A rigid moment arm 5, including an end knob 6, is fixed to a flat plate 4 which is pivotally attached to the base by a hinge shaft 7 which extends horizontally across the back of the base. The hinge itself may be of any conventional type. Fixed to the plate 4 is a die member 8 having an arcuate or convex face which is elongated in the direction of the longitudinal axis of depression 3. The die is slightly shorter than a typical can, but is longer than the can-locating depression. The radius of curvature of the die surface should be substantially the same as the radius of the can-locating depression and the die member should be arranged on the plate 8 so that when the plate pivots downward to the base, the die member 8 lies in the depression 3. In other words, the die member is at the same distance from the hinge as is the depression.
Cutting members 10 and 11, respectively, are fixed at each end of die member 8 transverse to the longitudinal axis thereof. The members are essentially cutting blades; accordingly, their thickness should be small compared to their length and width. The cutting edges may be sharpened or serrated as desired. The cutting members 10 and 11 taper towards points 12 and 13, respectively, about medially of the width of the die. The points 12 and 13 are arranged to initially pierce the body of a cay lying in depression 3 before the blades begin to shear through the can walls. Furthermore, points 12 and 13 aid in finally severing the can ends from the body since they will usually pierce the last remaining bit of metal holding the end to the body.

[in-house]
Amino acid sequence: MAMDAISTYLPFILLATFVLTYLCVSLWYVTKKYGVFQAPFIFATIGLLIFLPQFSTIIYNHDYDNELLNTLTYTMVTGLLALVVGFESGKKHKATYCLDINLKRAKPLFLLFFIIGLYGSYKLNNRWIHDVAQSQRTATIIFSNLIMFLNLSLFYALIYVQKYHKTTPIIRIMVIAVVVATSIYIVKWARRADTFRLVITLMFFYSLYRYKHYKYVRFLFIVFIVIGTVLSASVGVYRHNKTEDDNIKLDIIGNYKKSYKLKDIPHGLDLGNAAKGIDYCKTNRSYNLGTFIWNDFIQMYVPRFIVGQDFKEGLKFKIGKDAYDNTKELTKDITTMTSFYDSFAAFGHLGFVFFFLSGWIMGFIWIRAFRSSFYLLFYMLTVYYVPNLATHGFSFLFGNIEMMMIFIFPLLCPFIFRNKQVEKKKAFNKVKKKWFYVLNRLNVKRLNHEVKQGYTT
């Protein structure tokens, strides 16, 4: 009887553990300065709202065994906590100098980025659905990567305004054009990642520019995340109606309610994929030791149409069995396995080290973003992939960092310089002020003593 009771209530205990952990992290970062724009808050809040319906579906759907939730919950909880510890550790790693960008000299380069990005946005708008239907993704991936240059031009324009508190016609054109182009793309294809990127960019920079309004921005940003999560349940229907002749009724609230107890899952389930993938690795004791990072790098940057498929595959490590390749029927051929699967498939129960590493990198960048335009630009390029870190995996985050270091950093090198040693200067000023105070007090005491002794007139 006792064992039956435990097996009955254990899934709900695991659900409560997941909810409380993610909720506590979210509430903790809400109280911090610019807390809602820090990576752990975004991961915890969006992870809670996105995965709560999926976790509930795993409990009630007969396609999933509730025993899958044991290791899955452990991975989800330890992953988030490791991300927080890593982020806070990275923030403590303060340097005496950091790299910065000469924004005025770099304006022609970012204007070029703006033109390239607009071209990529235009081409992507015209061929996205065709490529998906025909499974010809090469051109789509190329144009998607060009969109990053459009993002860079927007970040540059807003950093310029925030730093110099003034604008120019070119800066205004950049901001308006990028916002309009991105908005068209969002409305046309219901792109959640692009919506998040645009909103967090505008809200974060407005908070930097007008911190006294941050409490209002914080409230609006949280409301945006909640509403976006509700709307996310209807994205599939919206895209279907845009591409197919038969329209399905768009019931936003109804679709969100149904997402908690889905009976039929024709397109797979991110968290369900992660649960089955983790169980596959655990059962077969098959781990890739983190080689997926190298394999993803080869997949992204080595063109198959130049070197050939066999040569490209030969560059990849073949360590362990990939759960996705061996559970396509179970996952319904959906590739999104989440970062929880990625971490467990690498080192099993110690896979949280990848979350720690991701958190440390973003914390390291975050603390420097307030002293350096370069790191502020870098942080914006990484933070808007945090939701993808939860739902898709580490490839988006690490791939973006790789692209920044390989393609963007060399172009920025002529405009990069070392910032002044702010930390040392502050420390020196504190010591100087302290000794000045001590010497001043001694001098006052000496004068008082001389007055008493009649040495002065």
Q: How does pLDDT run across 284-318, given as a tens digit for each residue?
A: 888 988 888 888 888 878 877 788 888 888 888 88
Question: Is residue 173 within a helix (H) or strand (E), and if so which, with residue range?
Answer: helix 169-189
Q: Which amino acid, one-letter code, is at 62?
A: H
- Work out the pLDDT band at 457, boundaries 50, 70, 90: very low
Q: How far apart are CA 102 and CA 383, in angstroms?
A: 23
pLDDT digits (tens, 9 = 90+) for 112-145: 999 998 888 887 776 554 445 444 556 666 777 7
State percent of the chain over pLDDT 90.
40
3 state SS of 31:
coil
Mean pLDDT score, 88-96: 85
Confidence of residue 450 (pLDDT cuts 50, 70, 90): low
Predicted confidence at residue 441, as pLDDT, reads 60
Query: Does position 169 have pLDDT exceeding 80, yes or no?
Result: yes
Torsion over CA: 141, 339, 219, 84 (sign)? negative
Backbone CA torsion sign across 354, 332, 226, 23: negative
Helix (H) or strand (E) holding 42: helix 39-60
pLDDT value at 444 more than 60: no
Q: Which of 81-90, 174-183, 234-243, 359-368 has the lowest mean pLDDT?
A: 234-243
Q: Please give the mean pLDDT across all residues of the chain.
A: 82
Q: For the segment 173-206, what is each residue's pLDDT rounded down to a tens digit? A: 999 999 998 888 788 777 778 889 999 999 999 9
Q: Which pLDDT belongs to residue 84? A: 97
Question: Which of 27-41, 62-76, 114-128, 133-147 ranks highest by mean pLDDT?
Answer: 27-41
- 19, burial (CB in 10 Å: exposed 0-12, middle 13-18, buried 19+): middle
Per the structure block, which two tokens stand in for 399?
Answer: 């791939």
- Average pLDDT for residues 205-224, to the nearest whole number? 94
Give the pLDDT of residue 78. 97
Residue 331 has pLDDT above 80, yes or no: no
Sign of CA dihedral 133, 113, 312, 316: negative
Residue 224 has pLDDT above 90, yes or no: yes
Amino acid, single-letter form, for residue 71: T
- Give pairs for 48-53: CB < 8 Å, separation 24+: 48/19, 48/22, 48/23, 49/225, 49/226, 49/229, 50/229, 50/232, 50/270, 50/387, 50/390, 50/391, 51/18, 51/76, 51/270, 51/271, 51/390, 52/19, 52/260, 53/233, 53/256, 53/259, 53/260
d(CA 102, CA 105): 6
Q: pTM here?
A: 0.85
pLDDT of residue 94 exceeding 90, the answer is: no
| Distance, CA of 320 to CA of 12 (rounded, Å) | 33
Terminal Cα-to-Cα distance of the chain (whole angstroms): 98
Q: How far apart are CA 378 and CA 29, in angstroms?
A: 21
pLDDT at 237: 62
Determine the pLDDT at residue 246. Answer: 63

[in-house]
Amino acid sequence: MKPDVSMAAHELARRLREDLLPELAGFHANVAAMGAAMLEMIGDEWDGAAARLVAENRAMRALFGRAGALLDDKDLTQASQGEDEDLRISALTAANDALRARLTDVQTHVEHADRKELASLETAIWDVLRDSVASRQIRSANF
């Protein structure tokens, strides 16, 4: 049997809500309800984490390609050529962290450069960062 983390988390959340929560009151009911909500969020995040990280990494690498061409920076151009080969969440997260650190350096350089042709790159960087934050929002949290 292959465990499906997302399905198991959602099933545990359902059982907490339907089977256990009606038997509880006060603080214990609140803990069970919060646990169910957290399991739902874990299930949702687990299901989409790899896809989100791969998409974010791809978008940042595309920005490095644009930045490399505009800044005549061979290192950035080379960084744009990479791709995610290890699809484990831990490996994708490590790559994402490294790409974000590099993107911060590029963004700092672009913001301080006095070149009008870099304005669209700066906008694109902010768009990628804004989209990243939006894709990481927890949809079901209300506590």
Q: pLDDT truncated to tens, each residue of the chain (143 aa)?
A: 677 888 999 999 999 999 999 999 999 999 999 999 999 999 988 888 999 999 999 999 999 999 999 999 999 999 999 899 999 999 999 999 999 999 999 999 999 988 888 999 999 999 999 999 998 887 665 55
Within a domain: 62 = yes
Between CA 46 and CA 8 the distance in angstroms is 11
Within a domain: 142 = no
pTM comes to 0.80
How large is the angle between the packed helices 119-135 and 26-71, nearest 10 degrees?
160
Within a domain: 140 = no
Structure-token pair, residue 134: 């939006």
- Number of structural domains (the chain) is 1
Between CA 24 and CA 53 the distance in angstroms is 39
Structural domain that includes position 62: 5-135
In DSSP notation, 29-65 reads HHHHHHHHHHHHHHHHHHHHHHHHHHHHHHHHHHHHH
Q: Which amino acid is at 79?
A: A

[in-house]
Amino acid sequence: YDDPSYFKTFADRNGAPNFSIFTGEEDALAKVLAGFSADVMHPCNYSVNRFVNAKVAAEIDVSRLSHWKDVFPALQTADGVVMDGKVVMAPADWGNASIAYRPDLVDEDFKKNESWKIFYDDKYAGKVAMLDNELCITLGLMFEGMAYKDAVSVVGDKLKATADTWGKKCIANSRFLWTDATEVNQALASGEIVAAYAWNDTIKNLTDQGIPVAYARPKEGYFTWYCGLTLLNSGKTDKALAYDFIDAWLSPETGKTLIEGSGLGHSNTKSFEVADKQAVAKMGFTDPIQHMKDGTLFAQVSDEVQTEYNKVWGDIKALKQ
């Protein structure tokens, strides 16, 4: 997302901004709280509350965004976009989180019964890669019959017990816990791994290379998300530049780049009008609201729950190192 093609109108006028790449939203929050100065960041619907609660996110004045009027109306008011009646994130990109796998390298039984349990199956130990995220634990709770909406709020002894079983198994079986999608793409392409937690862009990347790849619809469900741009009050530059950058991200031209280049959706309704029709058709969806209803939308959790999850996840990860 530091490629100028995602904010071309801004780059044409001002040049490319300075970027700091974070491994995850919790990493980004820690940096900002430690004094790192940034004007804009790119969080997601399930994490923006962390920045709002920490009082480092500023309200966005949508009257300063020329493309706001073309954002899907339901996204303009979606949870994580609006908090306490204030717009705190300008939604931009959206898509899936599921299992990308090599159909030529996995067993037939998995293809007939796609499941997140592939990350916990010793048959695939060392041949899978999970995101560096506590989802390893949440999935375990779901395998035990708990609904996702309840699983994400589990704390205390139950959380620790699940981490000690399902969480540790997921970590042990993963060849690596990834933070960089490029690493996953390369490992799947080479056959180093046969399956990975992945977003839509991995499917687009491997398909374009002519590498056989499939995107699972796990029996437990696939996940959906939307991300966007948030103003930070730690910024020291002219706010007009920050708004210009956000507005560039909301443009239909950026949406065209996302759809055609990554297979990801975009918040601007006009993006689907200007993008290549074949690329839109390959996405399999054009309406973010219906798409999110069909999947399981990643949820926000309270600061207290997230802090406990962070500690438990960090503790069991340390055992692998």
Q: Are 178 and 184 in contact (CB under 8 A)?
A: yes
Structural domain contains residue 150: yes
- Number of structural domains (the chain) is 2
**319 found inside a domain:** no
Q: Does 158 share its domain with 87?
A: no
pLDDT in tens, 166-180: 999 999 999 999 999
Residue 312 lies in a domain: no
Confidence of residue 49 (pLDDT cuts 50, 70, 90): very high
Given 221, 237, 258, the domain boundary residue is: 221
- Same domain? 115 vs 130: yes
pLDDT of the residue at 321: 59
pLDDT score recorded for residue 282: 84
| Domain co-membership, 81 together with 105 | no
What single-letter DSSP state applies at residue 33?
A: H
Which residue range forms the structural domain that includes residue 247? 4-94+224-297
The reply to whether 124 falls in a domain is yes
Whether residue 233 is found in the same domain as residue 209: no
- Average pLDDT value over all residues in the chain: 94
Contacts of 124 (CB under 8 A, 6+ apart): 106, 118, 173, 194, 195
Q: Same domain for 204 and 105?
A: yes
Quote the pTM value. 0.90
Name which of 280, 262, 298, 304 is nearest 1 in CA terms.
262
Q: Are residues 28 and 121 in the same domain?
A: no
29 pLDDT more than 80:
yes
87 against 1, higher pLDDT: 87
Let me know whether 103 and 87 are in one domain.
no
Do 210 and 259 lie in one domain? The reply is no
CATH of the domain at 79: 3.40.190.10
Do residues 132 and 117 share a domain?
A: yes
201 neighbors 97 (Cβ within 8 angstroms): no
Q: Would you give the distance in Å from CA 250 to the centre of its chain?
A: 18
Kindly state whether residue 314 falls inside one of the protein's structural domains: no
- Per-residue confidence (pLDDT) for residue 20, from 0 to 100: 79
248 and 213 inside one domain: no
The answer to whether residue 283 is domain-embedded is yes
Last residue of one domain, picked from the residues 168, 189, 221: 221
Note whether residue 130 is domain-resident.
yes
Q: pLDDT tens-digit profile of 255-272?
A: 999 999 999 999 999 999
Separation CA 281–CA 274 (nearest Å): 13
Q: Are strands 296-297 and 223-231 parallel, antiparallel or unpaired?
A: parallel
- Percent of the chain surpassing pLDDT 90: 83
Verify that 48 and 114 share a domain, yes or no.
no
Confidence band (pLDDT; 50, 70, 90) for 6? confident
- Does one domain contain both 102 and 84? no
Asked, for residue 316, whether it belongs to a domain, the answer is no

In operation a cylindrical aluminum can is horizontally laid in depression 3 and the arm 5 carrying die member 8 is pivoted downwardly by grasping the knob 6 or arm 5. Cutting members 10 and 11 then initially pierce the can body and die member 8 subsequently "flatten" the can in the depression. In practice, a "flattened" can usually have a slightly arcuate configuration which conforms to the shape of the die member. In the final condition, the can ends usually are sheared completely from the can body by the cutting blades. If the can ends are not completely sheared, they may be easily bent back by hand over the then flattened can body with little loss of compactness. Touching the sheared or torn edges of an aluminum can is quite safe; there is little danger of cutting oneself as with iron cans. When the base is longer than the typical can length, slots can be formed in the base to accept the cutting members when the die member reaches the base.